Transport operators told to pay back millions in state subsidies

BLS must pay back CHF43.6 million is wrongly claimed state subsidies. © Keystone / Christian Beutler

Two more Swiss state-owned transport companies have been ordered to pay back more than CHF50 million ($51 million) in wrongly claimed subsidies. The authorities are also looking into the possibility of criminal prosecutions in connection with the worsening subsidies scandal.

This content was published on February 28, 2020 - 08:38, ug

Government auditors have targeted Swiss Federal Railways and the regional transport operator BLS, which is mainly owned by canton Bern, for irregular subsidy payments stretching back to 2011. The crackdown follows the recent PostBus scandal that saw the company pay back CHF200 million to state coffers in 2018 after fraudulent payments were uncovered.

The BLS company, which operates the second-largest suburban railway network in Switzerland, and its subsidiary Busland must return CHF43.6 million to the state pot. Federal Railways has been ordered to refund CHF7.4 million.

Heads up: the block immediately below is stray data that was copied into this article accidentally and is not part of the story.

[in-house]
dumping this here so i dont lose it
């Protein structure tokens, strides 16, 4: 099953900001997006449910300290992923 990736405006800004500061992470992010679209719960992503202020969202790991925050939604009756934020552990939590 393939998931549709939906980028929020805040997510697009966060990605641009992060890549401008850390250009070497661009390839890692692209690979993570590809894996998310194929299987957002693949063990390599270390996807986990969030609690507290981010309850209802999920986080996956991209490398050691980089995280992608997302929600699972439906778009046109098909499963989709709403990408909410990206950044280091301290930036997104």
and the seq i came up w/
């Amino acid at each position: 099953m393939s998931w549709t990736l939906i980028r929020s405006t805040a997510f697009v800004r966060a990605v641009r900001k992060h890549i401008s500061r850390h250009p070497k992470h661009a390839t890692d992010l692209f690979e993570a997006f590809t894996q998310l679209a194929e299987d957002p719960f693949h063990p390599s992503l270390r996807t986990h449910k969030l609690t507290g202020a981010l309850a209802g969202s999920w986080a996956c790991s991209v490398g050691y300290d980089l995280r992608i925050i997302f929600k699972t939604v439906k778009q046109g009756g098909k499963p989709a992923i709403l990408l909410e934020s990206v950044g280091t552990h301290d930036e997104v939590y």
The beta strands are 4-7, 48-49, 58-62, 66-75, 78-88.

The companies have been ordered to overhaul their subsidy processes and controls. They have publicly apologised for their shortcomings.   

Tariff system

The Federal Office of Transport called for a simplified accounting system for public tariff associations.

It added that was considering criminal charges in connection to sections of network that link the public network to private company premises.

An initial audit found discrepancies in this area amounting to a low single-digit million franc sum. While the issues mirror those of the Post Office-owned PostBus in some respects, the transport ministry on Friday said that the new breaches are not of a comparable scale or dimension as the earlier corruption case.

The government is undertaking an overhaul of subsidies paid to public transport companies after being roundly criticised for failing to spot the PostBus problems early enough. But it has rejected parliamentary committee calls to create a new office to specifically oversee state-owned firms.

This article was automatically imported from our old content management system. If you see any display errors, please let us know:

Share this story